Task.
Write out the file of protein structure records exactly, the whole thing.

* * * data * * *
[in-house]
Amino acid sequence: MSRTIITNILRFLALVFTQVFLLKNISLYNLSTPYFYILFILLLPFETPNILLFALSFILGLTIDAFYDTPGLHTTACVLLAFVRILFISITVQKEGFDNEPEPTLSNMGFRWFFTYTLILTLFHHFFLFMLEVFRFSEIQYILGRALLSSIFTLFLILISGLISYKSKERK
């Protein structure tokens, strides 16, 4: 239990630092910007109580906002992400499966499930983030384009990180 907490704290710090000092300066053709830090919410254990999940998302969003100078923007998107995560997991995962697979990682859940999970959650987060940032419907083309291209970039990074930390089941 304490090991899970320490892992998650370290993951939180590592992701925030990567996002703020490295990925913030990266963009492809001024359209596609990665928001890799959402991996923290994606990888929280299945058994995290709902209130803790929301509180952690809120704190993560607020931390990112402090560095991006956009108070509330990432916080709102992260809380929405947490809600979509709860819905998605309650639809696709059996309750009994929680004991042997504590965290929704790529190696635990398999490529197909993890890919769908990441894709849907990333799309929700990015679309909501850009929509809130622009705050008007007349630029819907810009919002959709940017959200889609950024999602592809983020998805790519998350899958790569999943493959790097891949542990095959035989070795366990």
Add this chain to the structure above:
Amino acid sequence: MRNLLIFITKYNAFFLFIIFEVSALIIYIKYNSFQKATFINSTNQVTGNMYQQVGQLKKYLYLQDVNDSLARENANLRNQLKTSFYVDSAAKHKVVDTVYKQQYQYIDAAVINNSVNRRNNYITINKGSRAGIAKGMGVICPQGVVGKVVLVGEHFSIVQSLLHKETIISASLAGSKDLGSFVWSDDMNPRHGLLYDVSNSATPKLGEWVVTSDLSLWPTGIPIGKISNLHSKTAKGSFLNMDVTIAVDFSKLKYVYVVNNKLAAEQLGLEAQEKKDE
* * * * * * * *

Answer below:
[in-house]
Amino acid sequence: MSRTIITNILRFLALVFTQVFLLKNISLYNLSTPYFYILFILLLPFETPNILLFALSFILGLTIDAFYDTPGLHTTACVLLAFVRILFISITVQKEGFDNEPEPTLSNMGFRWFFTYTLILTLFHHFFLFMLEVFRFSEIQYILGRALLSSIFTLFLILISGLISYKSKERK
């Protein structure tokens, strides 16, 4: 239990630092910007109580906002992400499966499930983030384009990180 907490704290710090000092300066053709830090919410254990999940998302969003100078923007998107995560997991995962697979990682859940999970959650987060940032419907083309291209970039990074930390089941 304490090991899970320490892992998650370290993951939180590592992701925030990567996002703020490295990925913030990266963009492809001024359209596609990665928001890799959402991996923290994606990888929280299945058994995290709902209130803790929301509180952690809120704190993560607020931390990112402090560095991006956009108070509330990432916080709102992260809380929405947490809600979509709860819905998605309650639809696709059996309750009994929680004991042997504590965290929704790529190696635990398999490529197909993890890919769908990441894709849907990333799309929700990015679309909501850009929509809130622009705050008007007349630029819907810009919002959709940017959200889609950024999602592809983020998805790519998350899958790569999943493959790097891949542990095959035989070795366990």
Add this chain to the structure above:
Amino acid sequence: MRNLLIFITKYNAFFLFIIFEVSALIIYIKYNSFQKATFINSTNQVTGNMYQQVGQLKKYLYLQDVNDSLARENANLRNQLKTSFYVDSAAKHKVVDTVYKQQYQYIDAAVINNSVNRRNNYITINKGSRAGIAKGMGVICPQGVVGKVVLVGEHFSIVQSLLHKETIISASLAGSKDLGSFVWSDDMNPRHGLLYDVSNSATPKLGEWVVTSDLSLWPTGIPIGKISNLHSKTAKGSFLNMDVTIAVDFSKLKYVYVVNNKLAAEQLGLEAQEKKDE